Either a gel (Prepidil) is placed within or around the cervix with a
syringe, or a tampon-like insert (Cervidil) is placed inside the vagina
with a time-release medication.
May help the cervix dilate more quickly, which may trigger onset of
labor. Improves success of Pitocin induction. The Cervidil insert can be
removed if contractions become too strong or frequent.
Can over-stimulate uterus and cause fetal distress. Possible nausea,
vomiting, or diarrhea. Gel is difficult to remove.
/ misoprostol. A tablet is placed in the vagina behind the cervix, or
More likely to start labor than prostaglandins. Low cost.
May cause excessive, frequent contractions. Not approved by FDA for labor
induction; few scientific trials have been done to establish effective
dosage, effectiveness, and safety for mother and baby. Risk of uterine
rupture, especially in VBAC moms.
How your caregiver can stimulate
oxytocin. (Pitocin) Given by I.V.
Causes uterine contractions and dilation of cervix. (Most effective if
cervix is ripened before pitocin begins.) Can be adjusted to adjust the
strength and frequency of contractions.
Uterus may become over-stimulated, leading to long, strong, painful
contractions. These, in turn, may lead to fetal distress. Requires
constant fetal monitoring.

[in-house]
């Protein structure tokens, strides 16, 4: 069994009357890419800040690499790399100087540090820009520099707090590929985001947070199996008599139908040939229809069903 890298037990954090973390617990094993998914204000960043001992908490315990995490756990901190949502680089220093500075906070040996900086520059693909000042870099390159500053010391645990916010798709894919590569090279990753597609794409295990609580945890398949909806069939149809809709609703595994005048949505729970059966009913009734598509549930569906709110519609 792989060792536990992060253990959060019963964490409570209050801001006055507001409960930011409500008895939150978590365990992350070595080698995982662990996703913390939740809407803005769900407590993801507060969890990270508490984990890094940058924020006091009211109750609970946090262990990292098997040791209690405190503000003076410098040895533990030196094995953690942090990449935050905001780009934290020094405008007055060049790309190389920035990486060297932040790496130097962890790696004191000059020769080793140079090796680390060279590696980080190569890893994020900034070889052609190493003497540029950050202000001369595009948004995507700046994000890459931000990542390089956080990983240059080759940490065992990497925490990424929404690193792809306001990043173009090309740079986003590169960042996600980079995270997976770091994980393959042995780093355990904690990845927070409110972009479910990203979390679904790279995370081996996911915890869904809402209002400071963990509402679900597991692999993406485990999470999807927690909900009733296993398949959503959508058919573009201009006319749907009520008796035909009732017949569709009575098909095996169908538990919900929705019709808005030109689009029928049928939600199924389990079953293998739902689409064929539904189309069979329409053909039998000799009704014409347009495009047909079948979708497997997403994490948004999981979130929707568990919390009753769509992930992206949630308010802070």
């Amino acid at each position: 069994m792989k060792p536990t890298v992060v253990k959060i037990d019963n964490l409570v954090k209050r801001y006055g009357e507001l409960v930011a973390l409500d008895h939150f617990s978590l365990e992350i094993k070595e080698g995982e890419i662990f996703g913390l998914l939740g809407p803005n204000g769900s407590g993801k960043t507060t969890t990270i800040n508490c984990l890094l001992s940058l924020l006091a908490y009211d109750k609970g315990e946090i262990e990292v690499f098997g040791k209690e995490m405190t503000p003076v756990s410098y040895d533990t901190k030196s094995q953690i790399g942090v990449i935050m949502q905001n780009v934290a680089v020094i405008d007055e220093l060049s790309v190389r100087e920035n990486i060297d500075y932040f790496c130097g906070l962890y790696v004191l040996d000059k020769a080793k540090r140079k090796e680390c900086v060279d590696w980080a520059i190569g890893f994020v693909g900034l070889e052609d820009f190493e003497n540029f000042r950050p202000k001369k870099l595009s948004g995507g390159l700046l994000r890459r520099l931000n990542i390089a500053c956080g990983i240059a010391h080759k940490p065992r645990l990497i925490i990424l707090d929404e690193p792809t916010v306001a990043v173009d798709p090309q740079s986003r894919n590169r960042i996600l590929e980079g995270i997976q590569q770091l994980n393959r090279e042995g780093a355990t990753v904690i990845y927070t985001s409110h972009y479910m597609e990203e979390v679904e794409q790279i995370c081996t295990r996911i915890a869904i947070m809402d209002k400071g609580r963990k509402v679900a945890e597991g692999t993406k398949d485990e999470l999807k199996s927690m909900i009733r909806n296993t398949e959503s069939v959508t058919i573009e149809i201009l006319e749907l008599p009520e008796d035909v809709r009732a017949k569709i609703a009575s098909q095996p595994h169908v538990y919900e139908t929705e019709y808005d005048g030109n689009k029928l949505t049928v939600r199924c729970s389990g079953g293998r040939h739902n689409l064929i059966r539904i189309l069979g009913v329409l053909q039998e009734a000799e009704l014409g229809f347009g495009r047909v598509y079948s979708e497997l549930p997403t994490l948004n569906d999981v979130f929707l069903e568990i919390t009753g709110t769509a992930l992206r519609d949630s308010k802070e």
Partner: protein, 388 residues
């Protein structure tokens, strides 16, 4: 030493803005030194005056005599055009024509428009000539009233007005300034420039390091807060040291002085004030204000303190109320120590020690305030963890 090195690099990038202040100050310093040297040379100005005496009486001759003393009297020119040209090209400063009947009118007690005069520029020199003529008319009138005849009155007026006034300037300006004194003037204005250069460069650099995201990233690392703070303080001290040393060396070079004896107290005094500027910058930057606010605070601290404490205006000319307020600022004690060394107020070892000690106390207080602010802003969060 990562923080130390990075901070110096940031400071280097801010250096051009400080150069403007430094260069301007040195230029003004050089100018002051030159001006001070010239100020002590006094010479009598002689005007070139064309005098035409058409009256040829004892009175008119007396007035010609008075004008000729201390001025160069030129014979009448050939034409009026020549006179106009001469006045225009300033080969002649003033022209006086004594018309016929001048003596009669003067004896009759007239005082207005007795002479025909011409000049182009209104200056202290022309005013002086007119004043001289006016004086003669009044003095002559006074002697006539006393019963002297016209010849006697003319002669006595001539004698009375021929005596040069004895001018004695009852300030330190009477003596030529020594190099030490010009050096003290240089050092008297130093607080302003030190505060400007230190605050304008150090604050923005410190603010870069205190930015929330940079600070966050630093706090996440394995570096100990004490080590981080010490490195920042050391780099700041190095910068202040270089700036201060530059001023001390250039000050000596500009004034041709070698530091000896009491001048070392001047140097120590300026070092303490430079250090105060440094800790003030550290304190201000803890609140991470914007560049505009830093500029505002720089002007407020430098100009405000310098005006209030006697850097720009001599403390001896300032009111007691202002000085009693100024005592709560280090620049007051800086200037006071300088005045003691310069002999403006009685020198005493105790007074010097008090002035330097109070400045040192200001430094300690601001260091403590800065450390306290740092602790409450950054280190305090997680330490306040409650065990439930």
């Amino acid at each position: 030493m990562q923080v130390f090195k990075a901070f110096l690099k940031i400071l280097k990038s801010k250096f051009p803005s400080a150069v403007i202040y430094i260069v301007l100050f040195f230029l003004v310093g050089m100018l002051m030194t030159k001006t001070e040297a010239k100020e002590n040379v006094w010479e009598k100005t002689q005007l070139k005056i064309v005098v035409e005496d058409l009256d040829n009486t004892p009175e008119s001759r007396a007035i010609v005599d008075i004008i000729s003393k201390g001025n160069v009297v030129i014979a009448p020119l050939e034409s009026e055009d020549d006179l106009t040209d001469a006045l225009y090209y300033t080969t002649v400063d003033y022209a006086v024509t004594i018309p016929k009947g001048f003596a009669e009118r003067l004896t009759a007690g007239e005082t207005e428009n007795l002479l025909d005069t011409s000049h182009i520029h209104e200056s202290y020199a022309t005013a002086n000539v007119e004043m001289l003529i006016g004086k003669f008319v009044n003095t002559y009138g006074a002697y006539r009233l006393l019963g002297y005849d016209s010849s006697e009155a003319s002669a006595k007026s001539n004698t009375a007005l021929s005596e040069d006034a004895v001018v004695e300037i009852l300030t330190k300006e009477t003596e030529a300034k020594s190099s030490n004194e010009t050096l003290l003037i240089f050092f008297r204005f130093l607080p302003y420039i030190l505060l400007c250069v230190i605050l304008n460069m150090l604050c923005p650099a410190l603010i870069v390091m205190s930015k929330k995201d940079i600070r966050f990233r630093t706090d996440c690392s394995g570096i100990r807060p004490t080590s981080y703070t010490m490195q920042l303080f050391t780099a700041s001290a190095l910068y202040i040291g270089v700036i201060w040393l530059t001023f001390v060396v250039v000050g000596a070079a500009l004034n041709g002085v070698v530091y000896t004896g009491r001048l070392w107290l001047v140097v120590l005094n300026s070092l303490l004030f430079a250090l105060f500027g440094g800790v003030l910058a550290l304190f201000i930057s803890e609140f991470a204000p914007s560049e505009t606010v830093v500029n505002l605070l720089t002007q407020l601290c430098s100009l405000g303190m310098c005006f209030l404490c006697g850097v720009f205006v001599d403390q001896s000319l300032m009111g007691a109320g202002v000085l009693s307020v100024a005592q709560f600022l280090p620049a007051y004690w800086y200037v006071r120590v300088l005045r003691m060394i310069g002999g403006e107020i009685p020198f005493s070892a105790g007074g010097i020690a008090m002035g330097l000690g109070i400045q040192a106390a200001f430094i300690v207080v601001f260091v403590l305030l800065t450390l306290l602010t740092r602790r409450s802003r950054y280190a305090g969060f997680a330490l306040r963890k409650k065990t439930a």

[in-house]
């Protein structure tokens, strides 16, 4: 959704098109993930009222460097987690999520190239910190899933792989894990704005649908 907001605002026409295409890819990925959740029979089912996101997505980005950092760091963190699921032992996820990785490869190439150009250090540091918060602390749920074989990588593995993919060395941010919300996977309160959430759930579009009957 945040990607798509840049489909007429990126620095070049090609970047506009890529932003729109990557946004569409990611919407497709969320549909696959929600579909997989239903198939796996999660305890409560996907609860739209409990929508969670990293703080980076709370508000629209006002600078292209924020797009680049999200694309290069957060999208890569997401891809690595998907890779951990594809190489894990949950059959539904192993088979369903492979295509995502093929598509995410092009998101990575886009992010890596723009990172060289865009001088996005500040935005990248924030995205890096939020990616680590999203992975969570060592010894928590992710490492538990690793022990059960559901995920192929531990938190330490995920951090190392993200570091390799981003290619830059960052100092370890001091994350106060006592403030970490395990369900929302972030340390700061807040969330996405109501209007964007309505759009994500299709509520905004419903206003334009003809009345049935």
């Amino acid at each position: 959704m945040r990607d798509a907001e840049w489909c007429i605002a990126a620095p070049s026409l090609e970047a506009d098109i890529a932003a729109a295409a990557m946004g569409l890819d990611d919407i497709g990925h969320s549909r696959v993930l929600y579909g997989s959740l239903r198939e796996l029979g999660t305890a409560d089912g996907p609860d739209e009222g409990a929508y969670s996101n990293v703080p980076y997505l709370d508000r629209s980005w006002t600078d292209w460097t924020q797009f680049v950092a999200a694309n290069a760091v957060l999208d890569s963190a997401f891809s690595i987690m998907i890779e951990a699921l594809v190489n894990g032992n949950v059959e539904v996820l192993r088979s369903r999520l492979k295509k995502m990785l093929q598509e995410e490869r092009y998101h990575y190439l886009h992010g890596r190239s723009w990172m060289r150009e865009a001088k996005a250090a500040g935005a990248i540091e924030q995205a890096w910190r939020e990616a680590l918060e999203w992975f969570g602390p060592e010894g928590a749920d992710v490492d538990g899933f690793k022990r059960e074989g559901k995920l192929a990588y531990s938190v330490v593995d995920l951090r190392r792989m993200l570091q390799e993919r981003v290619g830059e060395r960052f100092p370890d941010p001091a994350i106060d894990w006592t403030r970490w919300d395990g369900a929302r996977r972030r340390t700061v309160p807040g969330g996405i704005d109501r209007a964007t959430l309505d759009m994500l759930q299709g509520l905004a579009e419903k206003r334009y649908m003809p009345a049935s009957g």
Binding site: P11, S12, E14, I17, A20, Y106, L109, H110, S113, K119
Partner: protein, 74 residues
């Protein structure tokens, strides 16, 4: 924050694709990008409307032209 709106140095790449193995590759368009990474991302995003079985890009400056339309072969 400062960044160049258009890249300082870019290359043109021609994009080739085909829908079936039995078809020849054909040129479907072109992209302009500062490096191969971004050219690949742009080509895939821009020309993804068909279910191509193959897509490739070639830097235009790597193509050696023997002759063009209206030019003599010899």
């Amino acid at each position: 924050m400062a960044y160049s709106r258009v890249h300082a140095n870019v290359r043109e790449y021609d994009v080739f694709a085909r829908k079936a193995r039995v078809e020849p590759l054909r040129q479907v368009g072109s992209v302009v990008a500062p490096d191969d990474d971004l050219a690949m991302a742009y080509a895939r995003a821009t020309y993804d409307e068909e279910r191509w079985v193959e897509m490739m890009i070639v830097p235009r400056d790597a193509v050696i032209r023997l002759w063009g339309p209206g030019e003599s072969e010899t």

Summary of induction risks. All of
the forms of induction can lead to stronger, more painful, and more frequent
contractions, which may lead the mother to use pain medications she might
otherwise not require. These powerful contractions may also limit oxygen supply
to the baby, so increase the risk of fetal distress. Also, due to the
uncertainty of due dates, and the variation in the amount of time any given
baby requires to reach maturity, early induction carries a risk of causing
premature birth. There is a significant increase in the chance of cesarean.
This increased cesarean rate does
not seem to lead to better outcomes for babies: a study titled “First Births –
A continuous Quality Improvement Project” showed that by reducing inductions in
first-time mothers by 22%, there was a corresponding decrease in cesarean birth
by 21% with no change in newborn outcomes.
It’s important to clearly discuss
these issues with your caregiver. If the induction is being done for
convenience, or for unclear medical issues, then the benefits of induction may
not outweigh the risks.
Questions to Ask Your Caregiver if
Induction is Recommended:
1. Why? What are the reasons why
it would be better to deliver the baby sooner?
2. When? Is this something
that needs to happen today? What would happen if we waited a few more days?
3. How? Could we start with
one of the non-medical options and see if that works?
Compiled by Janelle Durham. For
sources, see “Common
Variations in Labor”.